Engineered Prussian Blue Nanoparticles for Photothermal Therapy of Pediatric Tumors

Key Personnel

  • Rohan Fernandes, PhD 
  • Raymond Sze, MD 
  • Elizabeth E. Sweeney, PhD 
  • Juliana Cano-Mejia 
  • Rachel Burga 
  • Russell Cruz, MD, PhD 
  • Anthony Sandler, MD 
  • Lina Chakrabarti, PhD

Synoposis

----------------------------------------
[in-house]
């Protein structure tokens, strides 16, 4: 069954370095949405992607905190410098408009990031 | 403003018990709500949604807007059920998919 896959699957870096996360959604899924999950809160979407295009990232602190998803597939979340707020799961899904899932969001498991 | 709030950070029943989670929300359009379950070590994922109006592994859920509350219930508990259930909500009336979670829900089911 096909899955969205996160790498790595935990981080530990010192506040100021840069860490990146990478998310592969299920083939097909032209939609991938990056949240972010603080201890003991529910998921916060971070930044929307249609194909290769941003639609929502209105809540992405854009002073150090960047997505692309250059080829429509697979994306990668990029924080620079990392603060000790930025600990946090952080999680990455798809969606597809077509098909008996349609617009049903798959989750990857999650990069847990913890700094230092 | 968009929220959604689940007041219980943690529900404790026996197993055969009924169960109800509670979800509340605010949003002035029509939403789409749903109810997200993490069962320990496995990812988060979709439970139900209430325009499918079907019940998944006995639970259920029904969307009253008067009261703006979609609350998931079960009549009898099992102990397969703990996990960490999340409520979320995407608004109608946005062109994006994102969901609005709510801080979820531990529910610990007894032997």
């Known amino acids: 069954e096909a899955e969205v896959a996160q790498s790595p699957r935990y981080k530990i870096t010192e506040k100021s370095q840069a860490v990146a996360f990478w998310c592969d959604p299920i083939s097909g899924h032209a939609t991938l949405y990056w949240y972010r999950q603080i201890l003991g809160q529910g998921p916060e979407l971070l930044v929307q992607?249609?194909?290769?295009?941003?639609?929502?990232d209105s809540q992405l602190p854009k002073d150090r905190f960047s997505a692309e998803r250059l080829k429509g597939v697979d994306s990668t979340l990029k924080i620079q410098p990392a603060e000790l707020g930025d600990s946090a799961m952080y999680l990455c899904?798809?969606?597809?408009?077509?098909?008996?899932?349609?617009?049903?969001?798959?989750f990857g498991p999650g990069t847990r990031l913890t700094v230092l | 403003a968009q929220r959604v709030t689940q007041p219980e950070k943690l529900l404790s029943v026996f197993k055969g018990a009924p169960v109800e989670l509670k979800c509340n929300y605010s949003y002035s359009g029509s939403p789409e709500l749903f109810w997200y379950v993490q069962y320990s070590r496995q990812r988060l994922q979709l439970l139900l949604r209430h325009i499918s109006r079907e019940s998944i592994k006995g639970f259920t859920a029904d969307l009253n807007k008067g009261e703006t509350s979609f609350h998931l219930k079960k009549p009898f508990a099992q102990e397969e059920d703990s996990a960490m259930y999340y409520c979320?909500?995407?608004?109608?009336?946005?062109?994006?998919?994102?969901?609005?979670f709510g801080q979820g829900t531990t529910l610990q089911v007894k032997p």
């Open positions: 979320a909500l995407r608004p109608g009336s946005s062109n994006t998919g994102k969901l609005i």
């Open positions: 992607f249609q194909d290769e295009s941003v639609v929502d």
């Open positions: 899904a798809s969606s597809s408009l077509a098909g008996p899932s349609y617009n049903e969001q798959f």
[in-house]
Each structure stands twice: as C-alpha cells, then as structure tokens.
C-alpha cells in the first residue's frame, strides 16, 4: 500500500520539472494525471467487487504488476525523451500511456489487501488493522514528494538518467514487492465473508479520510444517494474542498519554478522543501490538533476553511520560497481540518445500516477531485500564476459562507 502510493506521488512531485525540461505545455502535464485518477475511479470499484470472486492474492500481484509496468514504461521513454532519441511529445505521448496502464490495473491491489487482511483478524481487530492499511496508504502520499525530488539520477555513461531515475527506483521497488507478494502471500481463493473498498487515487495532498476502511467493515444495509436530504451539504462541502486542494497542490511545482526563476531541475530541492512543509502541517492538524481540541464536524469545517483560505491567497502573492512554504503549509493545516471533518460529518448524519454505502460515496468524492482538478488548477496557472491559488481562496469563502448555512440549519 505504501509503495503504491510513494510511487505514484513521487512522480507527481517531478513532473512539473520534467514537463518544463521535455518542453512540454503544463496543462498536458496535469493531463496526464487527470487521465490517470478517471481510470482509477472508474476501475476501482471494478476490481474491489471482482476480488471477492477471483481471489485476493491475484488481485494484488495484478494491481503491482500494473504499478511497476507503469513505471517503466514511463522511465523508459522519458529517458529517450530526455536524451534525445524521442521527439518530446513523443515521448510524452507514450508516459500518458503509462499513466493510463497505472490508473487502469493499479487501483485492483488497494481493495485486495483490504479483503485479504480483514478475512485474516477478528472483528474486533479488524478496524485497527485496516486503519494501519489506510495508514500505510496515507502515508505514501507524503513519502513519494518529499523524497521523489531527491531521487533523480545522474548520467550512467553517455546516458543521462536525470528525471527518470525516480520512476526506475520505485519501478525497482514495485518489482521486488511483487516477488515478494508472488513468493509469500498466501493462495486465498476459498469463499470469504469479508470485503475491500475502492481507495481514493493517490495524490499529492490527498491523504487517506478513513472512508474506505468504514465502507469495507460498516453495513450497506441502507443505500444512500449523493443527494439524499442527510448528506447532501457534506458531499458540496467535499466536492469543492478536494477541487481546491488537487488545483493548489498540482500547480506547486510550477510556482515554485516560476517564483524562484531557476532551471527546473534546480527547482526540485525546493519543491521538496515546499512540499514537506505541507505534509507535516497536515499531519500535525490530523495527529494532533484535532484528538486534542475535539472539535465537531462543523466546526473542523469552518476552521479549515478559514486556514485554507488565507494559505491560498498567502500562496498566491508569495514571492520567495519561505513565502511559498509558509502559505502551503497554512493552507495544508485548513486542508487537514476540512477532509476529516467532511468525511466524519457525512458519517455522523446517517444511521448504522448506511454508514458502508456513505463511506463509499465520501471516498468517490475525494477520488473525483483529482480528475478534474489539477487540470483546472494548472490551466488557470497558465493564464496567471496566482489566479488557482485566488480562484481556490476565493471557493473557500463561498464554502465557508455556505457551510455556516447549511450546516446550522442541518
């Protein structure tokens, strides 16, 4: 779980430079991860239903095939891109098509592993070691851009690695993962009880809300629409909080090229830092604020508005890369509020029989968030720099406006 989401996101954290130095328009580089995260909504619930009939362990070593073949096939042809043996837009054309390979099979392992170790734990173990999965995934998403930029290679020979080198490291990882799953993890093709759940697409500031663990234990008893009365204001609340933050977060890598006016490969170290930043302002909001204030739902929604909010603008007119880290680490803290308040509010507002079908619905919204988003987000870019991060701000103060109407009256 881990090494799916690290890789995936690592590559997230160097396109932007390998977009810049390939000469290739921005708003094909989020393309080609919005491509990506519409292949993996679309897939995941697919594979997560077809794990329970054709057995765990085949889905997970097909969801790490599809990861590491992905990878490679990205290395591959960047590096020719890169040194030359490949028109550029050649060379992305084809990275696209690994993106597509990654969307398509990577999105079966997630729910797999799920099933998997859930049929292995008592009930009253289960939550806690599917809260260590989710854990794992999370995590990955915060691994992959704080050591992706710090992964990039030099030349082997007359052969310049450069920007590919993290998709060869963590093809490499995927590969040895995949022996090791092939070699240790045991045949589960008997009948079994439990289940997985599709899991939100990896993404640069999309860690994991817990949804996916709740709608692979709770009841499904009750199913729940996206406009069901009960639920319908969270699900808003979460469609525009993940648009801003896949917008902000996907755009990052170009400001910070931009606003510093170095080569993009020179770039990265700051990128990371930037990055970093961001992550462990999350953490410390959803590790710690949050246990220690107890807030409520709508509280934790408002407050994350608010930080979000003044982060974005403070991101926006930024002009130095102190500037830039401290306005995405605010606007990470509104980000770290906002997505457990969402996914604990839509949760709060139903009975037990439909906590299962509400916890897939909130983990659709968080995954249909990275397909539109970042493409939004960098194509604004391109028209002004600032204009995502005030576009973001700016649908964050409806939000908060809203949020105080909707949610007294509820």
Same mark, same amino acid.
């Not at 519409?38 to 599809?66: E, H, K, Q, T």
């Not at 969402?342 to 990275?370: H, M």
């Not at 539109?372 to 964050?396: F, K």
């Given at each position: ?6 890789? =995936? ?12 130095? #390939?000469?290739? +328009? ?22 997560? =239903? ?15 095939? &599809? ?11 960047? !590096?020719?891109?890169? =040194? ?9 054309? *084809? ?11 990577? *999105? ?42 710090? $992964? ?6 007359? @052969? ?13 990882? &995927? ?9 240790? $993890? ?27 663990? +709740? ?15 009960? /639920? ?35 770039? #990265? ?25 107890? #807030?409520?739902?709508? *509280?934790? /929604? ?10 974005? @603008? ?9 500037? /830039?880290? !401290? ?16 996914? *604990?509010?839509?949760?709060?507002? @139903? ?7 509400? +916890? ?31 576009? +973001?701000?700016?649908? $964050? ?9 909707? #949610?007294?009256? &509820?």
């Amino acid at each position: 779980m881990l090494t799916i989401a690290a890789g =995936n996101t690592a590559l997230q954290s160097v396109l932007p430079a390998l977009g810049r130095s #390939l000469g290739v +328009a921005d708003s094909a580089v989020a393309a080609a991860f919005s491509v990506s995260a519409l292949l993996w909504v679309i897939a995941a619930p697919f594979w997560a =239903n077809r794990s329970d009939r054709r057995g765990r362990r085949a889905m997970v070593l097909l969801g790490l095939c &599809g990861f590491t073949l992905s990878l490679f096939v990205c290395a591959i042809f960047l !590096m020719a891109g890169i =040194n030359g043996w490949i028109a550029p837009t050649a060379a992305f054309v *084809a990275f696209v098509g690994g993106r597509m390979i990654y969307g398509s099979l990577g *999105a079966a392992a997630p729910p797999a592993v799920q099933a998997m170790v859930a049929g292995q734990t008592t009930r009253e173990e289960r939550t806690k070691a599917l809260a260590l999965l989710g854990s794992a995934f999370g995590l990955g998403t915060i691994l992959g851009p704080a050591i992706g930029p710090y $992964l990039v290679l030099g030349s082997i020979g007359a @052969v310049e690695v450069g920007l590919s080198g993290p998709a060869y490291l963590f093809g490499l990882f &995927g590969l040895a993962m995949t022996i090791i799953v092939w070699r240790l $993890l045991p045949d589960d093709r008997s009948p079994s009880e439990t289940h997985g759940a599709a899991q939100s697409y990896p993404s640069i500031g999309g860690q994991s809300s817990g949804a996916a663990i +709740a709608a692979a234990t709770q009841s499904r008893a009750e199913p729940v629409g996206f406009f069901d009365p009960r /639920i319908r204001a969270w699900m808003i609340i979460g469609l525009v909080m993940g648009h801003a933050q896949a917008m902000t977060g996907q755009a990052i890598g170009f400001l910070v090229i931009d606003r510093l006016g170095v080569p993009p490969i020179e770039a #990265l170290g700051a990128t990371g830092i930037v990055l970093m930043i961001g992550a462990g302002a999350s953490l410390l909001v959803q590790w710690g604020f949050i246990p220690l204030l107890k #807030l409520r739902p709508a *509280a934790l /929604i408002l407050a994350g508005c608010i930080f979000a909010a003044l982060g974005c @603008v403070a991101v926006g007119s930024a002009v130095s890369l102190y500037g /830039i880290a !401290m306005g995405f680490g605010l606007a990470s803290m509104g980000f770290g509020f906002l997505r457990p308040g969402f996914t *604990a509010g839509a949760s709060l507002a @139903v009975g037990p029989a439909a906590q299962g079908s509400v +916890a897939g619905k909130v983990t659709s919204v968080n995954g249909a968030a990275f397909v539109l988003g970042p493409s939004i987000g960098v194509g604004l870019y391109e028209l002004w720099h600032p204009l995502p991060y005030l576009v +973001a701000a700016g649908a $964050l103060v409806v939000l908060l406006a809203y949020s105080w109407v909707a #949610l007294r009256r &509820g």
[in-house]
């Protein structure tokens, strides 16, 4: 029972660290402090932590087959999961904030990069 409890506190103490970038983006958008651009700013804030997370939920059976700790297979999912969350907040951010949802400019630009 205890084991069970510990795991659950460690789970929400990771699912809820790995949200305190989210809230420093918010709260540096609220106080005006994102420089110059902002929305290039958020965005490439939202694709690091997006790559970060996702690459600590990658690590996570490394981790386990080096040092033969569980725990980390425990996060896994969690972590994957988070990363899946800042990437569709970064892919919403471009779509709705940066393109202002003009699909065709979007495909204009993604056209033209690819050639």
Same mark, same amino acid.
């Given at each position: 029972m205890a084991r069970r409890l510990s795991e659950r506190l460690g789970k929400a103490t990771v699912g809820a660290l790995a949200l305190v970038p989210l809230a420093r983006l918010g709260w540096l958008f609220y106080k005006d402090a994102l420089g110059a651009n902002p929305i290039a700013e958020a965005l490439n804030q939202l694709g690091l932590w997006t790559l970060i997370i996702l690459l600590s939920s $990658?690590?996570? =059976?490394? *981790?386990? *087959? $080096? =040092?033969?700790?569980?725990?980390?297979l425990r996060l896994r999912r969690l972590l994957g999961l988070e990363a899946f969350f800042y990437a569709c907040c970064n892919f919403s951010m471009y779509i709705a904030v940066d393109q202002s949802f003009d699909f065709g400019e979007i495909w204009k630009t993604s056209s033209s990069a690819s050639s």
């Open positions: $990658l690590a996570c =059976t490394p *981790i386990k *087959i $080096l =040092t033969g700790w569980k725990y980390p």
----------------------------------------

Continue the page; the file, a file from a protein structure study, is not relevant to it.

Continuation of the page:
Surgery is one of the mainstays of cancer therapy but has associated risks – it can be invasive and result in debilitating loss of function. Motivated by this need for less invasive interventions for cancer therapy, we have engineered Prussian blue nanoparticles for photothermal therapy of pediatric tumors. In photothermal therapy, precisely directed near infrared light absorbing nanoparticles within a tumor are irradiated by a low-power near infrared laser resulting in non-invasive, precise, rapid heating and ablation of the tumor. Since the human body exhibits low absorbance at near infrared wavelengths, the heating effect is minimal when using the low-power laser alone. Compared with other nanoparticles, our engineered Prussian blue nanoparticles exhibit high photothermal conversion efficiencies and are biodegradable mitigating concerns associated with the long-term fate and toxicity of the nanoparticles within the body. In preclinical animal trials, tumor-bearing mice treated with Prussian blue nanoparticle-based photothermal therapy exhibited lower tumor growth rates and increased survival relative to untreated mice. Ongoing studies are investigating the immune response to photothermal therapy with the goal of generating a robust antitumor immune response. These studies demonstrate the potential of our Prussian blue nanoparticle for photothermal therapy as a novel alternative therapy to surgery for tumor therapy.